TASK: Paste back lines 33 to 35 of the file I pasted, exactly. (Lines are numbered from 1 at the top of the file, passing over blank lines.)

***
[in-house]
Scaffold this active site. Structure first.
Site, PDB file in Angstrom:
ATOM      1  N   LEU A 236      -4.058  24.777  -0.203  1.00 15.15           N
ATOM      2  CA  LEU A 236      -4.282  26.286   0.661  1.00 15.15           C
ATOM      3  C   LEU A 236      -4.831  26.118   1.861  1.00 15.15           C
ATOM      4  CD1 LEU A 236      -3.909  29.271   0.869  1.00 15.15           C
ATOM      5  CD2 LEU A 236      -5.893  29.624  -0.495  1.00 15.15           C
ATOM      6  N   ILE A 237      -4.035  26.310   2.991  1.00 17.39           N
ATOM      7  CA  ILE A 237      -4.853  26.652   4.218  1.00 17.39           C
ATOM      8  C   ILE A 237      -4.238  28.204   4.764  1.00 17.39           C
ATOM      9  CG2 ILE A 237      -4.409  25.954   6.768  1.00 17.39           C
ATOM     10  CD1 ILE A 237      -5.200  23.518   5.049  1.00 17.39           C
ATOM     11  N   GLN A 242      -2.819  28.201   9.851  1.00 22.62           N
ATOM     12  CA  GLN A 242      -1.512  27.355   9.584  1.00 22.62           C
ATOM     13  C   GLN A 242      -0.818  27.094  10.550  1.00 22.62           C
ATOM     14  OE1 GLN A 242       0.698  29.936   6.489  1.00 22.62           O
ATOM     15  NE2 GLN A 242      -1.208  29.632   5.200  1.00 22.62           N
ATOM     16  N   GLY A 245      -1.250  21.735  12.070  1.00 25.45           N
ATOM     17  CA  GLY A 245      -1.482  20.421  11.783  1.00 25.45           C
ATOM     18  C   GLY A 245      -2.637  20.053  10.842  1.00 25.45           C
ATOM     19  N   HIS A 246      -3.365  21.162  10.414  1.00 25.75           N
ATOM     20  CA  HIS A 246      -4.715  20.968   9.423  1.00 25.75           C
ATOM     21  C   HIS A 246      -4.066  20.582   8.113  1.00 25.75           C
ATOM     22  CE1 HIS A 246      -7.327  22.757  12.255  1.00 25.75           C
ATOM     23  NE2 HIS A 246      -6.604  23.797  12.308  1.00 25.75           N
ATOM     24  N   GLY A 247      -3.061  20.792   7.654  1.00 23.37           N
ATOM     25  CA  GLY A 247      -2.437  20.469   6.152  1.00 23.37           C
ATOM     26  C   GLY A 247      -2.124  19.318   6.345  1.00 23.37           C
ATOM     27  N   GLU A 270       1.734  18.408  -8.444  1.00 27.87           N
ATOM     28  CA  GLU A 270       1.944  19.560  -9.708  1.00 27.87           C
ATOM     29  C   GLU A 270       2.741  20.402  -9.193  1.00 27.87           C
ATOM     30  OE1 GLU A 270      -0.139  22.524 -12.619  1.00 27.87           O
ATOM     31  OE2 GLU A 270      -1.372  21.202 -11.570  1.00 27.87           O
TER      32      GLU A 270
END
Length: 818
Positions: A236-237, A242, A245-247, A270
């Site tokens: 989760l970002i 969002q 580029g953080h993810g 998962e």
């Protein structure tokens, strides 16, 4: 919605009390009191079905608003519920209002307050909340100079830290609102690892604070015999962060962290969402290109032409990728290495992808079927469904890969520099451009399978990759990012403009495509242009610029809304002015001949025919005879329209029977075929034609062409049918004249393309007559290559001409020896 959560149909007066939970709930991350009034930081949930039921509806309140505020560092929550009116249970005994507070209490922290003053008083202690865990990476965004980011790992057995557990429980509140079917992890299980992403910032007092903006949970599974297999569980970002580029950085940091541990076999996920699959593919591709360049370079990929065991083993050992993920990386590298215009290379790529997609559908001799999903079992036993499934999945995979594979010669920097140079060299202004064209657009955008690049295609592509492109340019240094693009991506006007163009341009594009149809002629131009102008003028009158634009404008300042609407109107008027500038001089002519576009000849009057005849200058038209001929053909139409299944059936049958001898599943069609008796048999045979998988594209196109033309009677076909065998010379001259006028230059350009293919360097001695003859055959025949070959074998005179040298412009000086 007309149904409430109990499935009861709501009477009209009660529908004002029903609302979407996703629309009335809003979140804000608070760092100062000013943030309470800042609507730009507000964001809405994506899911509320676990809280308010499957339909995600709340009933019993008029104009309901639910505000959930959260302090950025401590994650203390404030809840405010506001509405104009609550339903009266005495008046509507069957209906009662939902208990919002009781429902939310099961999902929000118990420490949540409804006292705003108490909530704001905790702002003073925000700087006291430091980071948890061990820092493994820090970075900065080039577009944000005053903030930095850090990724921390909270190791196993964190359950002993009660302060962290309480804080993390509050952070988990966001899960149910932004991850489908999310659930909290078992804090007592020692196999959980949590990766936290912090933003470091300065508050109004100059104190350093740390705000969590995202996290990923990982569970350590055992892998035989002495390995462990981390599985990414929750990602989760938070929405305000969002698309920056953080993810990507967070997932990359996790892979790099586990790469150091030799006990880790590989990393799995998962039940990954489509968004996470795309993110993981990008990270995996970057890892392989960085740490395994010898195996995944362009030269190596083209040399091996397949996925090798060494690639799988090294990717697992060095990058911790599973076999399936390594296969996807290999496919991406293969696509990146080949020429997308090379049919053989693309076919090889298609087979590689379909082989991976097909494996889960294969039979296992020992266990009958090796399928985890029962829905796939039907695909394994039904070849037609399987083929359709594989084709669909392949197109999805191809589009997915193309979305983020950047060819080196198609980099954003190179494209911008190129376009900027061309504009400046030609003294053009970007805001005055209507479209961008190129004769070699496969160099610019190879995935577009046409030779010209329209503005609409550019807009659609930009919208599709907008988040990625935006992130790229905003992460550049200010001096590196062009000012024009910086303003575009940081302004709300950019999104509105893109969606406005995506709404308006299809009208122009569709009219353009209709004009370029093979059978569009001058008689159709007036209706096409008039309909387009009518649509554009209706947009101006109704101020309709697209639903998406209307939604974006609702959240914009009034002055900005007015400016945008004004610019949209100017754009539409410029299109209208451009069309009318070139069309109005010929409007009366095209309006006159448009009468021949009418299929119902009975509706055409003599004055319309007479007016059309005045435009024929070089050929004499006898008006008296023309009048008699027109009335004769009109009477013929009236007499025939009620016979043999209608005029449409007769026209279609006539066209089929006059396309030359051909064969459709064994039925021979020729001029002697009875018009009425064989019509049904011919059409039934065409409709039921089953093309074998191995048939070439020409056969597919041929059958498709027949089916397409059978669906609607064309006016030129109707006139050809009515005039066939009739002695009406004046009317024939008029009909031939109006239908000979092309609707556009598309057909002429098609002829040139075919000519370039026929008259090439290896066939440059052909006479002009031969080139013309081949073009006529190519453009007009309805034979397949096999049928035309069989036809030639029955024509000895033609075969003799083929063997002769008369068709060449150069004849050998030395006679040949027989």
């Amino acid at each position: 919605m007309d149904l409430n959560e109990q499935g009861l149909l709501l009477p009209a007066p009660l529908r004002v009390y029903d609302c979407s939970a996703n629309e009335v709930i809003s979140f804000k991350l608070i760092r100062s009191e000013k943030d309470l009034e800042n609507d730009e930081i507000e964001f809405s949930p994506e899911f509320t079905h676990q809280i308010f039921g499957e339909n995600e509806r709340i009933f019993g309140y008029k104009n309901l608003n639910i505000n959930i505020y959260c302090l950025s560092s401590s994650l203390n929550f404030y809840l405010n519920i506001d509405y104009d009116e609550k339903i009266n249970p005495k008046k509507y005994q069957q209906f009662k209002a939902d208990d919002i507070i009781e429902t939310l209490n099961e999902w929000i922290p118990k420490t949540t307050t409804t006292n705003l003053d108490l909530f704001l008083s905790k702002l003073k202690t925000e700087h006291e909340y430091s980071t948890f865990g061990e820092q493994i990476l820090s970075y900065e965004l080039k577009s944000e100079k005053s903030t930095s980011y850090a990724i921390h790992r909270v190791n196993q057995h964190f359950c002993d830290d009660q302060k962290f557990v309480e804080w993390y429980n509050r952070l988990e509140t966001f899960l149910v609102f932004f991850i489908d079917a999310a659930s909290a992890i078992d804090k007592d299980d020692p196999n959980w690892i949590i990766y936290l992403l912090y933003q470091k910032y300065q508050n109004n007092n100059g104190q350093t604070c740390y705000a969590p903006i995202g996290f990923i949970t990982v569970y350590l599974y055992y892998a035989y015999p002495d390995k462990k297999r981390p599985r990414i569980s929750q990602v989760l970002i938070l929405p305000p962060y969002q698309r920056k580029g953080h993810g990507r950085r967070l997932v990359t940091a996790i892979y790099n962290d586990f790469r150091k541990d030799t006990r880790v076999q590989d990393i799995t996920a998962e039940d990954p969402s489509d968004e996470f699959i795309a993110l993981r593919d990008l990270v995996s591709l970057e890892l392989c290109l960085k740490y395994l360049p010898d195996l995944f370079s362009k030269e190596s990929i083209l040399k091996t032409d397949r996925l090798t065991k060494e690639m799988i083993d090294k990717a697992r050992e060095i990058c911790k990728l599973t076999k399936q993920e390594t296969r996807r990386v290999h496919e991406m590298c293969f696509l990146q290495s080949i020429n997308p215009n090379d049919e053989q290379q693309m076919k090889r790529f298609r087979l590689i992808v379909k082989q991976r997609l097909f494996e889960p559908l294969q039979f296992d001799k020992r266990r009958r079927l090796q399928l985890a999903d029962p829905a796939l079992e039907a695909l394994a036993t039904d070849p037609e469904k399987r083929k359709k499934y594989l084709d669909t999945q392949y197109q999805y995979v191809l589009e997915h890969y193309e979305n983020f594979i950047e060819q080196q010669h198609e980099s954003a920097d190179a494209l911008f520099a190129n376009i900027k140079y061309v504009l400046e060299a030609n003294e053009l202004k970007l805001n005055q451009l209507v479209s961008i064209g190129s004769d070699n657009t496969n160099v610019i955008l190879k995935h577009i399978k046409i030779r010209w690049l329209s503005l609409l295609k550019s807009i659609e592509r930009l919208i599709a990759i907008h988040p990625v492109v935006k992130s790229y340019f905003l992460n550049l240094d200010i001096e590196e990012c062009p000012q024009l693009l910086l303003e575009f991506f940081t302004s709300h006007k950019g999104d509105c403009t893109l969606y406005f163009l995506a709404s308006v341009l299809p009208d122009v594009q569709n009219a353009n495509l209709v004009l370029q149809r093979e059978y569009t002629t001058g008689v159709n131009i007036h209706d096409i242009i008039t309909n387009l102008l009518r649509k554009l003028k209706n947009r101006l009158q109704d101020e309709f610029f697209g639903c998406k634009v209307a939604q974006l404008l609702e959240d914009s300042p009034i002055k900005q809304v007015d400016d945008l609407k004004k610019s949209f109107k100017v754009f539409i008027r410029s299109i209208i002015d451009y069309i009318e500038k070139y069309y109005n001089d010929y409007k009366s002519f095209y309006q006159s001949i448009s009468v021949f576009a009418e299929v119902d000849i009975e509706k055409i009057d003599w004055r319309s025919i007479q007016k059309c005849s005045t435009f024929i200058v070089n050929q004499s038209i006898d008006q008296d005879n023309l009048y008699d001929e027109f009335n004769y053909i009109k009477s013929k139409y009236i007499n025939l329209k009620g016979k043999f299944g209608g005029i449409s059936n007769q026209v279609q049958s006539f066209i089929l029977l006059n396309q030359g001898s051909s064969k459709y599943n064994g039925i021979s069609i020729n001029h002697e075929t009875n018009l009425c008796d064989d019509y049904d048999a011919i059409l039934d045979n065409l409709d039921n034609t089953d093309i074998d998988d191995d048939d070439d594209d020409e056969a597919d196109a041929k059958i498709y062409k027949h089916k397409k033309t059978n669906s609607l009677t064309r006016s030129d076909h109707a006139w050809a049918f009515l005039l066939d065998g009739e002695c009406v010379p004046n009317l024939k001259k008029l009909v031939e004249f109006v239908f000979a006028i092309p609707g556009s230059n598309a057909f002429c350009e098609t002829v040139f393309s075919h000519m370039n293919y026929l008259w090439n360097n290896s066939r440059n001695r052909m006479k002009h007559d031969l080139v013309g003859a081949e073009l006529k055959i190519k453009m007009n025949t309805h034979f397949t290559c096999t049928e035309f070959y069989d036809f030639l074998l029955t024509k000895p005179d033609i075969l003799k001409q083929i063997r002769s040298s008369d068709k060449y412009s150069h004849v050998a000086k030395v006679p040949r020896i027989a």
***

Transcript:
ATOM     30  OE1 GLU A 270      -0.139  22.524 -12.619  1.00 27.87           O
ATOM     31  OE2 GLU A 270      -1.372  21.202 -11.570  1.00 27.87           O
TER      32      GLU A 270